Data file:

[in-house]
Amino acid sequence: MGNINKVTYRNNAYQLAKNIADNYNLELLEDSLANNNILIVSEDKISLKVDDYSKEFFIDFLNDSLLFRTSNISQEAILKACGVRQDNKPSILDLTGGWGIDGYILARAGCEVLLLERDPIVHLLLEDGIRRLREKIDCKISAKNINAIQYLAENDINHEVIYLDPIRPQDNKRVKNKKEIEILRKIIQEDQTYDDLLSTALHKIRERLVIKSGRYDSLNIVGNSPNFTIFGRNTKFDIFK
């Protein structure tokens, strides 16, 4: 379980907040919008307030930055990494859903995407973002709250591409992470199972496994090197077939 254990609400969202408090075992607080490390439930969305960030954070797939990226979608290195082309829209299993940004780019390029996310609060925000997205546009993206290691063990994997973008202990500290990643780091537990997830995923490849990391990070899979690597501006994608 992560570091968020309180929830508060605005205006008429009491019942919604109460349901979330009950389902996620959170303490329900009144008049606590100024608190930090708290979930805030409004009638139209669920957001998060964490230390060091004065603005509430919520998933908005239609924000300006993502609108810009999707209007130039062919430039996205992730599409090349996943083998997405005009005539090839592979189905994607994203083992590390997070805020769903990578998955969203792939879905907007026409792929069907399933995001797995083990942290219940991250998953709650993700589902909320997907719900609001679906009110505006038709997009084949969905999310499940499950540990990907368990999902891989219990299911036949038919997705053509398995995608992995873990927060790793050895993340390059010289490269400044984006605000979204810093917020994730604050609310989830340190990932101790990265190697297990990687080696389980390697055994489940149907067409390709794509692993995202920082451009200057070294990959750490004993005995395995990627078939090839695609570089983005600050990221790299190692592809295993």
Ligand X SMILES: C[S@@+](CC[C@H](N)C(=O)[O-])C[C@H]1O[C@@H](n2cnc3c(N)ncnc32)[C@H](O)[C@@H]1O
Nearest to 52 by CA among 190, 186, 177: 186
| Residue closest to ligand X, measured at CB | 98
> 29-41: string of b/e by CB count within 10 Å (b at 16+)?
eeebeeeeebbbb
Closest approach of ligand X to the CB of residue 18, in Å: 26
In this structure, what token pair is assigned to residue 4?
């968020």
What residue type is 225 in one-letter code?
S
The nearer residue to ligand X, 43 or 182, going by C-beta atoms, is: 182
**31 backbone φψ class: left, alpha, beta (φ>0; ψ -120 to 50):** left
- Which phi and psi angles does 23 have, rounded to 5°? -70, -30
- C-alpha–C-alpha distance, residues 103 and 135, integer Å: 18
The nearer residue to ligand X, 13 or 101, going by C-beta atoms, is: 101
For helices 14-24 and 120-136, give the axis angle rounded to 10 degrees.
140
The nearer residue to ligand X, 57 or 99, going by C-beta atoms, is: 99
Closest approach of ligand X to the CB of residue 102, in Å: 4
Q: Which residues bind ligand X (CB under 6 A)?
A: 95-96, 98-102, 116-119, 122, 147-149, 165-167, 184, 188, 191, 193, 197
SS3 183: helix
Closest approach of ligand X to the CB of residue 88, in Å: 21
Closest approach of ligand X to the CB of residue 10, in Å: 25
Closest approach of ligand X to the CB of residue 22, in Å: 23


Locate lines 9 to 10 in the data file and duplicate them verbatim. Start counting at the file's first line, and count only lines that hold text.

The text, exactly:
Closest approach of ligand X to the CB of residue 18, in Å: 26
In this structure, what token pair is assigned to residue 4?